It is with regret, Global Code 2020 is cancelled due to COVID-19.
Another year, another program - and this time, we’re bigger and better than ever!
Roses are red, lilies are white, and so is Global Code perfectly fit for summer.
I missed about five calls. I almost missed the opportunity to meet amazing people. I had seen the number calling countless times but I told myself I can’t pick that call, cos I was ‘busy’.
Congratulations to our 75 graduates!
We’ve just finished week 1 of our Summer program here in Ghana, so it’s time to take stock and reflect on what we’ve achieved.
One week until the second Global Code Summer Program kicks off, and we’re making our final preparations to make sure it all goes smoothly!
Great news – applications for the Global Code Summer Program 2018 are open!
Last year we taught 18 students, only two of whom were women. Our aim is 50% so that was pretty bad. But I think that if you’ve got the right attitude and you’re honestly trying hard to do the right thing, a setback like this shouldn’t stop you from moving forward.
(Our first programme was called “IoT in Africa” In this post, Global Coder Synvalnus Gatorwu describes his experiences on our 2017 Summer Programme)
In July 2017, we ran our first Global Code Summer Programme. One of our challenges was finding the right platform for our students. We wanted everyone in the class to have the same opportunity to learn and grow, so it was important that we bring our own hardware, rather than using whatever was available. We also wanted the flexibility to teach what we wanted – meaning an IoT-rich curriculum with plenty of coding time using industry-standard tools.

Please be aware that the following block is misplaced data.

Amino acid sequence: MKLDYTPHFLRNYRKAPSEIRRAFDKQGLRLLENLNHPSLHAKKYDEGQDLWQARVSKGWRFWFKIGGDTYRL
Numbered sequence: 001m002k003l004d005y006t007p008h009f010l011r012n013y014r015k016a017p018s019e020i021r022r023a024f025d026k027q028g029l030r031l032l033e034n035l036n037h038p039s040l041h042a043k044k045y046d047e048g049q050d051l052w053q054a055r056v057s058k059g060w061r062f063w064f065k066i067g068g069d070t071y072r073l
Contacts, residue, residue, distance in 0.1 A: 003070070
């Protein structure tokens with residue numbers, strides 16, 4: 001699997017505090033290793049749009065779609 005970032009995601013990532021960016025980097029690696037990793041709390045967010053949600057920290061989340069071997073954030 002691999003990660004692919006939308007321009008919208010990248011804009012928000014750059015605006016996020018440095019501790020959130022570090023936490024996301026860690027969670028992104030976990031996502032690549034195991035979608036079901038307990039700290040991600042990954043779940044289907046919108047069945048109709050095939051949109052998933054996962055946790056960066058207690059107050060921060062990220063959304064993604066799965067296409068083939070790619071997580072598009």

In the final week of our 3-week Summer Programme, we set our students the task of coming up with a group project, building it, and then presenting it to their faculty on graduation day. It’s a great learning experience, a little bit of pressure, but above all, it’s great fun.
It’s almost axiomatic for an instructor to assign homework. In a world of MacBooks and coffee shops with free wifi, assigning a reading list, catchup work or extra credit is a gimme – your students are learning while you’ve got your feet up after class, what’s not to love?
On day #8 of our 2017 Summer Programme (the middle Wednesday), I took our 18-strong class on a trip to Accra, a 2-hour bus journey Southwest along Ghana’s highway 4.
Congratulations, Koforidua ‘17!
School’s out! We just completed our first summer programme at Koforidua Technical University in Eastern Ghana!